Pegasus Spyware Illustrates Importance of Updating iOS Devices
Earlier this week, Apple released iOS 15. The new operating system arrived only a week after the tech giant rolled out iOS 14.8 and other updates for their devices to counter an aggressive new spyware called “Pegasus.” The new spyware, discovered earlier this week, can hack into iOS devices using a dangerous “zero-click” method.
This means that, unlike other malware, the Pegasus virus can infect your phone by sending an image via iMessage. At that point, all it takes is opening the message. You don’t even have to click on the image for the hackers to get in! Pegasus does this by sending a malicious PDF that imitates an image or GIF. But within the PDF is code that bypasses the outdated device’s security firewall and infects the device.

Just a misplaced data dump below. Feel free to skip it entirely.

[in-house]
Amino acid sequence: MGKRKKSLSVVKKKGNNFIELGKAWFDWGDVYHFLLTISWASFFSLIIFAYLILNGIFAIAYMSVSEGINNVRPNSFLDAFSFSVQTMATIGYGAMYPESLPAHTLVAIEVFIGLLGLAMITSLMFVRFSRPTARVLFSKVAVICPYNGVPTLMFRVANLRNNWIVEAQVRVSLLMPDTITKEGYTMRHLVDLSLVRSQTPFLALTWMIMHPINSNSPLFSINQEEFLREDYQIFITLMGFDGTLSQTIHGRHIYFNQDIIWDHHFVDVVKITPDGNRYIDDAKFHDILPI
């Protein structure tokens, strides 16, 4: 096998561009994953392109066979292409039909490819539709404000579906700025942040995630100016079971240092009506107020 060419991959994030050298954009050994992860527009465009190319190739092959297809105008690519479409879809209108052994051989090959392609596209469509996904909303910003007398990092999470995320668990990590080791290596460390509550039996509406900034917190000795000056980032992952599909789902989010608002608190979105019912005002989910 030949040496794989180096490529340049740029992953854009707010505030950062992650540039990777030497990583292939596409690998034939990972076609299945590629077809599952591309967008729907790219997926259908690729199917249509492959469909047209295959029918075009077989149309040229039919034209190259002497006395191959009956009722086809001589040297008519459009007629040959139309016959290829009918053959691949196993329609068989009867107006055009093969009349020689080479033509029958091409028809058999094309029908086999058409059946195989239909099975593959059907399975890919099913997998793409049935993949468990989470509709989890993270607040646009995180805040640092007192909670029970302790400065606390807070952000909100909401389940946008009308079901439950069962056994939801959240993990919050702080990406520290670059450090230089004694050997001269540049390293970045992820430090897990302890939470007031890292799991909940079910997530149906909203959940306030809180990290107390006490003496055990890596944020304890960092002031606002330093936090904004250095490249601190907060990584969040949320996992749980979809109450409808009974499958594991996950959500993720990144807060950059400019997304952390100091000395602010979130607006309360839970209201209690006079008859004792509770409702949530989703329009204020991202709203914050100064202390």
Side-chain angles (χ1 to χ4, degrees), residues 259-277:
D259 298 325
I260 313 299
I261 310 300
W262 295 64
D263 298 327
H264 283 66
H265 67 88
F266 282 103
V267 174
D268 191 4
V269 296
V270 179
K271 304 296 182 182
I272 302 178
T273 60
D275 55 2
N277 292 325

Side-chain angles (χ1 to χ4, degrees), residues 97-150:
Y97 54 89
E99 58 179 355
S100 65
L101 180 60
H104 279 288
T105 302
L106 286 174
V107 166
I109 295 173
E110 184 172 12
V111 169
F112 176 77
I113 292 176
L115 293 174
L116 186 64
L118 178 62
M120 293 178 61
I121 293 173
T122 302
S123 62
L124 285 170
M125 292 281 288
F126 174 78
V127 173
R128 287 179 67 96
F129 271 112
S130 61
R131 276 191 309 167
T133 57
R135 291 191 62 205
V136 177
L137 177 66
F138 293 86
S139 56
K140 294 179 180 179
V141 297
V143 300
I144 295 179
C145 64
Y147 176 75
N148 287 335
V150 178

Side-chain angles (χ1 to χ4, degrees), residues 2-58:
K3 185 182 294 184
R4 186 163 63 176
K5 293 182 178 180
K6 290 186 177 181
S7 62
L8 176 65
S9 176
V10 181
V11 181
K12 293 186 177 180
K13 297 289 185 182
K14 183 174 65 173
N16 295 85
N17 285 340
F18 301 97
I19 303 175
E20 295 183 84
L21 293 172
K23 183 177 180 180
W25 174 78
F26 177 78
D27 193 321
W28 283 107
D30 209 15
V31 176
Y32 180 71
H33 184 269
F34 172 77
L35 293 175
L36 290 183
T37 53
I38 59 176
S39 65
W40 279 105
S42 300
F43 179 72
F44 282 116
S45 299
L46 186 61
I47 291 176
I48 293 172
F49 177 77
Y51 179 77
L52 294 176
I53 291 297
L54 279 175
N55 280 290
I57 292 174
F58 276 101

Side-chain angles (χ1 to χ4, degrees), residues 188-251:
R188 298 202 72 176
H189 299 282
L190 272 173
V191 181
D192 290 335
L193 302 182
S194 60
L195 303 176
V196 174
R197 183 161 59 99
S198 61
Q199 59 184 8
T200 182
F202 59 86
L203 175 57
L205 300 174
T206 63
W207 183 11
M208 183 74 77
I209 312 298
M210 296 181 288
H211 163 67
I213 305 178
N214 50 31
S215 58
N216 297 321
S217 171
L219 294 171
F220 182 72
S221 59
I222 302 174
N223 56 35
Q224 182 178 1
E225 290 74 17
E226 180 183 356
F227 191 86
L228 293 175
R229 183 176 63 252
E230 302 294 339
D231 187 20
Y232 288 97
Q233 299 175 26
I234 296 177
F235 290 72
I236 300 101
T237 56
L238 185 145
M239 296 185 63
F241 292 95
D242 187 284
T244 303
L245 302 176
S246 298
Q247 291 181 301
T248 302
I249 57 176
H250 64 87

Developed by NSO Group, a self-proclaimed “security” company that sells spyware and surveillance software to various organizations and governments around the world, the Pegasus app works by exploiting a bug in the way iOS devices process PDF files in iMessage. Because of the way it operates, Citizen Lab gave it the nickname “ForcedEntry.”
It was first discovered on a Saudi activist’s phone by Citizen Lab, a public interest cybersecurity group, and has since been found on devices belonging to other activists and journalists. It is believed to have been employed by a wide range of perpetrators, from drug cartels to authoritarian governments.
A particularly alarming aspect of this virus is that infected users have no way of immediately knowing if their device has been compromised. And, while Apple asserts that the majority of Apple users will likely never encounter this malware themselves, it serves as an important reminder that keeping your devices updated isn’t only important for usability, but security as well.
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